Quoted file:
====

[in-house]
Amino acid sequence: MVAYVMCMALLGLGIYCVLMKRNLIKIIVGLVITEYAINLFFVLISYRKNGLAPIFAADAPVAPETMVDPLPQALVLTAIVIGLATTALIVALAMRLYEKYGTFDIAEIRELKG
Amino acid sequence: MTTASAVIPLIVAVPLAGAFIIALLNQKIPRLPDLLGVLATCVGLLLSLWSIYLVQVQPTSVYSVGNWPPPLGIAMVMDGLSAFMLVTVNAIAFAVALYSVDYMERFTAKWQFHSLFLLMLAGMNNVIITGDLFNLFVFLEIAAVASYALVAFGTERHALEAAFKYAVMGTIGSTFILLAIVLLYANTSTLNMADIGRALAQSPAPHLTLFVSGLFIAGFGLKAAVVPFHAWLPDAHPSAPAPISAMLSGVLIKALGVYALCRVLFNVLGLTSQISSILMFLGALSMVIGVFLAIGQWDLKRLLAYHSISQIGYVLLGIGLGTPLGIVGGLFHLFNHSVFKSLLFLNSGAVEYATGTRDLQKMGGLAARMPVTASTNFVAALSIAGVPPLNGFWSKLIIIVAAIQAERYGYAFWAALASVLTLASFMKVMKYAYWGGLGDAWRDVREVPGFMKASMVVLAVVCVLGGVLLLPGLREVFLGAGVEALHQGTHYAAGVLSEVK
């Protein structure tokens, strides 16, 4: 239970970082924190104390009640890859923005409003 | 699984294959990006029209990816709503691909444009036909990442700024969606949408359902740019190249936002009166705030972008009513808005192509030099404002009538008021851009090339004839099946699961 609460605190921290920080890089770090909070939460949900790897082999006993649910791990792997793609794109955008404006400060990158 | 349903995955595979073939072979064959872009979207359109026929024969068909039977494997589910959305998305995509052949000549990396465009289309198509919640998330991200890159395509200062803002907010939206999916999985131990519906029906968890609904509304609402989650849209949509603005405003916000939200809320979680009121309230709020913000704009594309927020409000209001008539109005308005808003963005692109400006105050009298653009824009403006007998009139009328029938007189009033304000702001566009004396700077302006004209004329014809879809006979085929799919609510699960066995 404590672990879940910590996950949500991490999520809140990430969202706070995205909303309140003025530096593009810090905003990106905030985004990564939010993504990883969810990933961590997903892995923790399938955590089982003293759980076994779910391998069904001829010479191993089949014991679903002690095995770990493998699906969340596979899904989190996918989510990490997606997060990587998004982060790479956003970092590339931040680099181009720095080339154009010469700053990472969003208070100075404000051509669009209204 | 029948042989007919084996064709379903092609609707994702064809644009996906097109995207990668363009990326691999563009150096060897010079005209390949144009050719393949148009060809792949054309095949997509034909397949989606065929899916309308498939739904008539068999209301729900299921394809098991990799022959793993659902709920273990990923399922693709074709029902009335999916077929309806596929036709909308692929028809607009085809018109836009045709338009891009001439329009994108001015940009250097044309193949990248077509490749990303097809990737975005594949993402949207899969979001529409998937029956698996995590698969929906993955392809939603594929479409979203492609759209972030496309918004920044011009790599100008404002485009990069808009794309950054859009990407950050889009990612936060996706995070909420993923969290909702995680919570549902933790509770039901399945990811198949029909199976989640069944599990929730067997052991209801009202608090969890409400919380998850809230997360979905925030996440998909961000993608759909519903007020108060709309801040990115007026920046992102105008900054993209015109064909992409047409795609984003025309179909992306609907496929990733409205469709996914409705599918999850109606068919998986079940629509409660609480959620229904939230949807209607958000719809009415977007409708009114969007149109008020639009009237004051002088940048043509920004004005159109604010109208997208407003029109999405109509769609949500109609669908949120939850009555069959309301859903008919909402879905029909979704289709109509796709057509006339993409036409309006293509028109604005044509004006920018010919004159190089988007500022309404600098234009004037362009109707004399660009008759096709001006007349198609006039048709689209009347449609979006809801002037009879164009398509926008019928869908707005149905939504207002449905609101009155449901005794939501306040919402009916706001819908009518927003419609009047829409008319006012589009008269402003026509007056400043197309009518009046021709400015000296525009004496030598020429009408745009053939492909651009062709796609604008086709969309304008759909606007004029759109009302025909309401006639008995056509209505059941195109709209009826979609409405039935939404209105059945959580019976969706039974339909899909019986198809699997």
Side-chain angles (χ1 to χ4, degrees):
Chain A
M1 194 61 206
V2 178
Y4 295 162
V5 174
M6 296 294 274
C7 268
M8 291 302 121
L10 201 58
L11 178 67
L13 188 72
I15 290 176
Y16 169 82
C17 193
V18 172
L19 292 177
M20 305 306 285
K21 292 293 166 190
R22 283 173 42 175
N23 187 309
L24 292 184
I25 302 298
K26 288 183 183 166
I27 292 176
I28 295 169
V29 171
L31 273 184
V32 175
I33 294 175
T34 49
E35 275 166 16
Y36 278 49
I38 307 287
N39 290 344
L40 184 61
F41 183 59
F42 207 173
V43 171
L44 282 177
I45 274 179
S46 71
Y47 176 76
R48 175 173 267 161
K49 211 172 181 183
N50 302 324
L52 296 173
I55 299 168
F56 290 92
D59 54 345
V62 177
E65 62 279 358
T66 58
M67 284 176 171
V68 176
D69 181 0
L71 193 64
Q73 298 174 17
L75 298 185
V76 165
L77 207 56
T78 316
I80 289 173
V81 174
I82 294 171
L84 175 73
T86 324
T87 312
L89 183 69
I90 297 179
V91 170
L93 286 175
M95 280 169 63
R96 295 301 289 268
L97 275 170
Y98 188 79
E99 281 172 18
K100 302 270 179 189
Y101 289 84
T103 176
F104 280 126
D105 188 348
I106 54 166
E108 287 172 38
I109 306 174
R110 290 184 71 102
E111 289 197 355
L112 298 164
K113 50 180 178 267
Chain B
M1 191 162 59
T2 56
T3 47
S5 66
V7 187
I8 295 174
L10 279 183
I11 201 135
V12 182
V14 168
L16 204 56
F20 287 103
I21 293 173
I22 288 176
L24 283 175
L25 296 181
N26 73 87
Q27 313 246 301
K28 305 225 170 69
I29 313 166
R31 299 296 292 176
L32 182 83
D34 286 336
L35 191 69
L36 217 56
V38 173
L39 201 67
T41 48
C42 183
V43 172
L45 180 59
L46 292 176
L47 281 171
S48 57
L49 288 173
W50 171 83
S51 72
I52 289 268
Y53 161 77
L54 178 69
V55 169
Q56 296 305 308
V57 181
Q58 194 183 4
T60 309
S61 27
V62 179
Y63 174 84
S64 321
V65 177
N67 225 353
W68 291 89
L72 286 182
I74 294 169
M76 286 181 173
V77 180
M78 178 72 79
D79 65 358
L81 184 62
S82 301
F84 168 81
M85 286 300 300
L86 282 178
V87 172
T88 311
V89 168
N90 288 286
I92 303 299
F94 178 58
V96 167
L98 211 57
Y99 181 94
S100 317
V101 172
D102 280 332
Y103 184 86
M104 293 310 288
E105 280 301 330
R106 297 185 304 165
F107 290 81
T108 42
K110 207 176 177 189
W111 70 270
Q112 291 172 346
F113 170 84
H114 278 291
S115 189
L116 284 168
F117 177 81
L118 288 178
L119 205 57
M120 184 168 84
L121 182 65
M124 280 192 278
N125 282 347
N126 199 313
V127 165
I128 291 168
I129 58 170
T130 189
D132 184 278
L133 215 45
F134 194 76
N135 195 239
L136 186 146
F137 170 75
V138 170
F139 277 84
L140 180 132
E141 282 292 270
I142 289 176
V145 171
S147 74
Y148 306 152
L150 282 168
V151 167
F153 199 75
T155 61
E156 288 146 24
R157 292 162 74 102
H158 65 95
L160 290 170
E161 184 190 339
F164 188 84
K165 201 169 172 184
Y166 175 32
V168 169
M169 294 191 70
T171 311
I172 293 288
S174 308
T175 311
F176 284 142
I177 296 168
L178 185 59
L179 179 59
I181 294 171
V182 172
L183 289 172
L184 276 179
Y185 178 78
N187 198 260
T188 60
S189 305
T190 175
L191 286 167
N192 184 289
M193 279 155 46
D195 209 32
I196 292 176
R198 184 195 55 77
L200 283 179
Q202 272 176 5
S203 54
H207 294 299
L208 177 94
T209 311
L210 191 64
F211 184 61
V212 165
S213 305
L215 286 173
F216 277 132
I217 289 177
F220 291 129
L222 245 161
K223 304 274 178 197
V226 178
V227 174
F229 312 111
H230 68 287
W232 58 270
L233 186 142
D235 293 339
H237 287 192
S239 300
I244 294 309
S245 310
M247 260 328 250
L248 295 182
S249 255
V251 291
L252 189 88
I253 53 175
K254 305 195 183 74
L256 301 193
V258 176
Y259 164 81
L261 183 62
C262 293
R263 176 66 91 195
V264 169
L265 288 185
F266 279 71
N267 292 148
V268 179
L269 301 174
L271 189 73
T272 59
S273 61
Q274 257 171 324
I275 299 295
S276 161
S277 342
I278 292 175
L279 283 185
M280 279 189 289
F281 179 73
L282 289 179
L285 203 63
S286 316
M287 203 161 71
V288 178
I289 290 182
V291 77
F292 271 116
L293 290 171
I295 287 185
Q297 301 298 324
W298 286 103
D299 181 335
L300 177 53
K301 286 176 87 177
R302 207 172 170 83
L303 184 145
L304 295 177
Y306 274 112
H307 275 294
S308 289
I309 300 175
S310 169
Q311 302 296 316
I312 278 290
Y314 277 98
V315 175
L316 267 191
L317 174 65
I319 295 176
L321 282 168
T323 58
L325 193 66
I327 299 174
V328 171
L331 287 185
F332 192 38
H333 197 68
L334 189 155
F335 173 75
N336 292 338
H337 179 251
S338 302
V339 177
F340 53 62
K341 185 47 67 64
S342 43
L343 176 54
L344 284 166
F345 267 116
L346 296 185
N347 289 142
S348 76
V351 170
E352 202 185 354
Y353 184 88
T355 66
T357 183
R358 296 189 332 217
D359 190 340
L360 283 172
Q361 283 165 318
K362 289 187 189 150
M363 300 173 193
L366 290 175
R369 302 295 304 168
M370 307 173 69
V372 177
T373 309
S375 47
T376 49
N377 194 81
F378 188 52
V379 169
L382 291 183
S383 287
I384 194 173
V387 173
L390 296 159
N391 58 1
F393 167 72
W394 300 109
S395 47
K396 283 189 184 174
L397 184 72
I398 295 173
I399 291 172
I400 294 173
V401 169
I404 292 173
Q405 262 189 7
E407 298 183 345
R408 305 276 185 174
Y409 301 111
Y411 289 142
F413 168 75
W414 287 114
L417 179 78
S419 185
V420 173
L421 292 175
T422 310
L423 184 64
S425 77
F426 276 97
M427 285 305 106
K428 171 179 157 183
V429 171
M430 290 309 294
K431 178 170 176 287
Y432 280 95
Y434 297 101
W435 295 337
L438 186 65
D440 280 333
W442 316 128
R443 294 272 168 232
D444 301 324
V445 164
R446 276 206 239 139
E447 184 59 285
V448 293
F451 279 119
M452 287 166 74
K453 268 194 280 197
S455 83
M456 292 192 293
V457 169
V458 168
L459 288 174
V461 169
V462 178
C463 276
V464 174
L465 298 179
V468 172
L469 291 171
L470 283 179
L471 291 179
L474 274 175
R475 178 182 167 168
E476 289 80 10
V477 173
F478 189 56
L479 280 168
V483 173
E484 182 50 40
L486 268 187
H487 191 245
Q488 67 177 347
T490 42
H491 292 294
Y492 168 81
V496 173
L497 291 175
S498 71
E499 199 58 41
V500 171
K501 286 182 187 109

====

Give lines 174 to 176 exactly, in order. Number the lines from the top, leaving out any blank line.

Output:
F107 290 81
T108 42
K110 207 176 177 189